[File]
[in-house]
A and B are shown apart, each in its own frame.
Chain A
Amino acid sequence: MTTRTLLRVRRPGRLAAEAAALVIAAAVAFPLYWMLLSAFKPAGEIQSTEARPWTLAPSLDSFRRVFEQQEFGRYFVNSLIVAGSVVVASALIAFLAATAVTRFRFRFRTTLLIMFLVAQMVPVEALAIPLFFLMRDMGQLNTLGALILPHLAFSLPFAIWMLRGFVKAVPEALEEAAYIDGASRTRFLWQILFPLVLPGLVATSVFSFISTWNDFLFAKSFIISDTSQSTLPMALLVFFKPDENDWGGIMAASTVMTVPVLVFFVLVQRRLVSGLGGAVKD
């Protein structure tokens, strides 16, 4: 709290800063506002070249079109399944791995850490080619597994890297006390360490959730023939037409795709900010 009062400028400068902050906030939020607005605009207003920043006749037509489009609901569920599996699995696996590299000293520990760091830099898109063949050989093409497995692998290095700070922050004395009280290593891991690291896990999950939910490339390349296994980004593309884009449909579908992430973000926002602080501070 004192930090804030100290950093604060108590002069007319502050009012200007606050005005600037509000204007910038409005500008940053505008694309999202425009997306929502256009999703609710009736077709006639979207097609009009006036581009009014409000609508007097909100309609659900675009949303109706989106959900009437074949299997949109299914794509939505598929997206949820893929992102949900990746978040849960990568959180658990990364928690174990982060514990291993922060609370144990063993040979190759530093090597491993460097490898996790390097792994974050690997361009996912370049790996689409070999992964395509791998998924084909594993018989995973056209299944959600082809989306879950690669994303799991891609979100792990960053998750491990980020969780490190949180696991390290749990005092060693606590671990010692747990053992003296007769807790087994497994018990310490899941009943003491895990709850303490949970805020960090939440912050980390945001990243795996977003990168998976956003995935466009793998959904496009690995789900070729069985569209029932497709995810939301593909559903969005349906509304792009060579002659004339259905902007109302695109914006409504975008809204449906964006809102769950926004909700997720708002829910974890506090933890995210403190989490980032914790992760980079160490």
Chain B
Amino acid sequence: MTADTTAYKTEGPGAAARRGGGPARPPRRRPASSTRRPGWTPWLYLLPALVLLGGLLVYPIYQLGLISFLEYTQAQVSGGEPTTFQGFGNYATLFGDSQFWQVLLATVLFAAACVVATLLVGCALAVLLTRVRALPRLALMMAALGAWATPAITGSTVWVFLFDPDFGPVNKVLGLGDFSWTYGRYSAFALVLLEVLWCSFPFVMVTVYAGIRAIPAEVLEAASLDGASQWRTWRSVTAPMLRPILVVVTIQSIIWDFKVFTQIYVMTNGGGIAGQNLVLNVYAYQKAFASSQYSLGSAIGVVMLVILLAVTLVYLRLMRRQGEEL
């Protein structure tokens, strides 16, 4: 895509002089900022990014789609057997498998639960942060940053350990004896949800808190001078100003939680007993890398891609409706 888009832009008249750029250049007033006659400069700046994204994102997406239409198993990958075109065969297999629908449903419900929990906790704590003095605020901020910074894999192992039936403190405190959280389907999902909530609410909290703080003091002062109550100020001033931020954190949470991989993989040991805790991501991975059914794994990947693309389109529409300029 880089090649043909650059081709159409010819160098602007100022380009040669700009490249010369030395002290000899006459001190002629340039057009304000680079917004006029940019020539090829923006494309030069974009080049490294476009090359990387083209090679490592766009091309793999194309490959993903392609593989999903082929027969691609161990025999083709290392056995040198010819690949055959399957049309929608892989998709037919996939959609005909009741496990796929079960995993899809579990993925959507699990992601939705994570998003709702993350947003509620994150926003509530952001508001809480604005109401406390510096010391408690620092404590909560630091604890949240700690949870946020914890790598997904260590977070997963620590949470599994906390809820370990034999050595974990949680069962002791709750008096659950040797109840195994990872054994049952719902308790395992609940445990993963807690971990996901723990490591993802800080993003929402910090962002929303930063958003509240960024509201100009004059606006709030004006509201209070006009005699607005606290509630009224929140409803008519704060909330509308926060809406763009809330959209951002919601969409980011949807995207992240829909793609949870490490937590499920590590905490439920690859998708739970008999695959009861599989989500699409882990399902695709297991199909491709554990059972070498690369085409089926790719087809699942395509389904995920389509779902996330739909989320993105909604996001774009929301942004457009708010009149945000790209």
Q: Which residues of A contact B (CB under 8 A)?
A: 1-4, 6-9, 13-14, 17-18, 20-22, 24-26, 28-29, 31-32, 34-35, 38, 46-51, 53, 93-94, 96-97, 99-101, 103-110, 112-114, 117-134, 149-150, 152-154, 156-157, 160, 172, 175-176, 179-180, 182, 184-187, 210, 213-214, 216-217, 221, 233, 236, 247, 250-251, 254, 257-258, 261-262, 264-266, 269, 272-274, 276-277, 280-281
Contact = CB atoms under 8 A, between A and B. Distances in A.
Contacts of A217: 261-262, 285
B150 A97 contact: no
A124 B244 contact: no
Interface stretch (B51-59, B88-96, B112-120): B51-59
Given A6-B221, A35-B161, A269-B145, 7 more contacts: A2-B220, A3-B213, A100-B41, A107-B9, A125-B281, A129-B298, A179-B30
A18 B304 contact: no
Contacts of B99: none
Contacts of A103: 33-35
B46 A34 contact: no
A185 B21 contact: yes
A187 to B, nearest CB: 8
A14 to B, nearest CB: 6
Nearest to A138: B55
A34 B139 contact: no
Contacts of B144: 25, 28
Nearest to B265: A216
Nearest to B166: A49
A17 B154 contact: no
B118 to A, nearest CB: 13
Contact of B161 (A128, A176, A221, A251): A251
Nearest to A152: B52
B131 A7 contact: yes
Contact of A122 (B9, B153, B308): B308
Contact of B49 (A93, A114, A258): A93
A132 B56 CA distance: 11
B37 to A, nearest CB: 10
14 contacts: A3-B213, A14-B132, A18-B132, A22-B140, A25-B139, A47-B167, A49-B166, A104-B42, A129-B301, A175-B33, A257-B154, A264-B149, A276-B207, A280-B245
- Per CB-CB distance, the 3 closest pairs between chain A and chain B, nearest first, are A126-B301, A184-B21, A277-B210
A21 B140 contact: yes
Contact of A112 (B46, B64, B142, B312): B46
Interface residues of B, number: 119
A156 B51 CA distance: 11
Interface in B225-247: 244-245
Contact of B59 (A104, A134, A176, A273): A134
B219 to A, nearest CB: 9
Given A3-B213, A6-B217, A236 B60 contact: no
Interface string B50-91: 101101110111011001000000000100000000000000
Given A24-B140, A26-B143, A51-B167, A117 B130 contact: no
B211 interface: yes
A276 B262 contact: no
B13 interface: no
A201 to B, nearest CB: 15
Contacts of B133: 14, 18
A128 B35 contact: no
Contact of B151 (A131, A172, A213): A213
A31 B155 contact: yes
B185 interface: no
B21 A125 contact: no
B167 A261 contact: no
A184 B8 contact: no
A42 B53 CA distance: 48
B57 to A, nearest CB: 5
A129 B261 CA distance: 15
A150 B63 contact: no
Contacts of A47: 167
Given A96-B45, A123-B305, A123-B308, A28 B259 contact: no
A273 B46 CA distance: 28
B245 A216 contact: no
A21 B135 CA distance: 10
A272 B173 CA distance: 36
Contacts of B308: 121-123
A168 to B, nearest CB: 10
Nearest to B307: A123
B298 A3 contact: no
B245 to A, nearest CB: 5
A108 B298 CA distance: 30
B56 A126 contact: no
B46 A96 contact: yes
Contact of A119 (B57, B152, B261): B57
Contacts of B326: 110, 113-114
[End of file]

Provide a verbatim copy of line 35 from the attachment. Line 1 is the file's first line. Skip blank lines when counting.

Contact of B49 (A93, A114, A258): A93